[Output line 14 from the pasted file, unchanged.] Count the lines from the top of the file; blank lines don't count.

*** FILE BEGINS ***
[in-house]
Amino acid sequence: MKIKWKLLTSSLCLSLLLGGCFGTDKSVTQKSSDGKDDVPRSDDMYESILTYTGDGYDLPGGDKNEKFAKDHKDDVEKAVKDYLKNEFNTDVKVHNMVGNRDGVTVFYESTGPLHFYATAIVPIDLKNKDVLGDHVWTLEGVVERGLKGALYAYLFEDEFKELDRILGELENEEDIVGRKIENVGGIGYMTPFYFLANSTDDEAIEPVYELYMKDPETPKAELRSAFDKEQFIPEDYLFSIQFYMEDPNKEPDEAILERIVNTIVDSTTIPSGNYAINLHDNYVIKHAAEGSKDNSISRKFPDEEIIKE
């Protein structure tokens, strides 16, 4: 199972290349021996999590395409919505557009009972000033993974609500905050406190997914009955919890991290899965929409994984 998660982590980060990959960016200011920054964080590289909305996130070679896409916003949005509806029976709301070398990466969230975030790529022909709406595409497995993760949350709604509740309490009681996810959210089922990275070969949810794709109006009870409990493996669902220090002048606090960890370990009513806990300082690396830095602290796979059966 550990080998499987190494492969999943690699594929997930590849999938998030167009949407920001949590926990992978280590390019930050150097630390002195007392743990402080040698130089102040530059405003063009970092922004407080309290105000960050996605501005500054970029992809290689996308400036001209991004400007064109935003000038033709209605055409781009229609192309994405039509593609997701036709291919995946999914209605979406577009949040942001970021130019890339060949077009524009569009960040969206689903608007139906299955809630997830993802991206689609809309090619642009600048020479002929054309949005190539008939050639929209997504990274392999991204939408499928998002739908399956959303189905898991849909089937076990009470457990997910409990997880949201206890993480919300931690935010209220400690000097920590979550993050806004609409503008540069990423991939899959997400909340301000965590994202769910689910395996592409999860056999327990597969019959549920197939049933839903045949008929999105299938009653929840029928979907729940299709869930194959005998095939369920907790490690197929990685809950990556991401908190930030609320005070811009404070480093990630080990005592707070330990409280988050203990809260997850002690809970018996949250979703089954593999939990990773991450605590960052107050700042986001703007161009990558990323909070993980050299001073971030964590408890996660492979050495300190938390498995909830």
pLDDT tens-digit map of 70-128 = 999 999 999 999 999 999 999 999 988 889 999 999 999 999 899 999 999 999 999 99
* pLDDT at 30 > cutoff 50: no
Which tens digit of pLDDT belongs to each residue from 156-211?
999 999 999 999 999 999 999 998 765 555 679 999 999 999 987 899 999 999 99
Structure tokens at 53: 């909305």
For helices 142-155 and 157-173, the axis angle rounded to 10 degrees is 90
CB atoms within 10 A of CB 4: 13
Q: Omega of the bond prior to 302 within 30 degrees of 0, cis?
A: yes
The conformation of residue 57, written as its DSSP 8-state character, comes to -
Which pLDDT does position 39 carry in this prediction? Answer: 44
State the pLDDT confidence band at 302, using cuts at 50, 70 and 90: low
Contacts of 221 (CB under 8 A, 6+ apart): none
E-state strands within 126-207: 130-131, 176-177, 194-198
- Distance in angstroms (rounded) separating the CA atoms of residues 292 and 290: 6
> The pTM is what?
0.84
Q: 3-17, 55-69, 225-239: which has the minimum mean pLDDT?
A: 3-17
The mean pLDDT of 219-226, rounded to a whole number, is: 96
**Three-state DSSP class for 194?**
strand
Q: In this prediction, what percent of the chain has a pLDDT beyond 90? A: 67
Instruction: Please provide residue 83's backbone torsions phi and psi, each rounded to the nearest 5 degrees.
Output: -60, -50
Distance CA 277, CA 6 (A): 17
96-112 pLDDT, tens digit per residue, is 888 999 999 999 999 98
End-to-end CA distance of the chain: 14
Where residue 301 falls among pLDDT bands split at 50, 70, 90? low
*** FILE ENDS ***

Which pLDDT does position 39 carry in this prediction? Answer: 44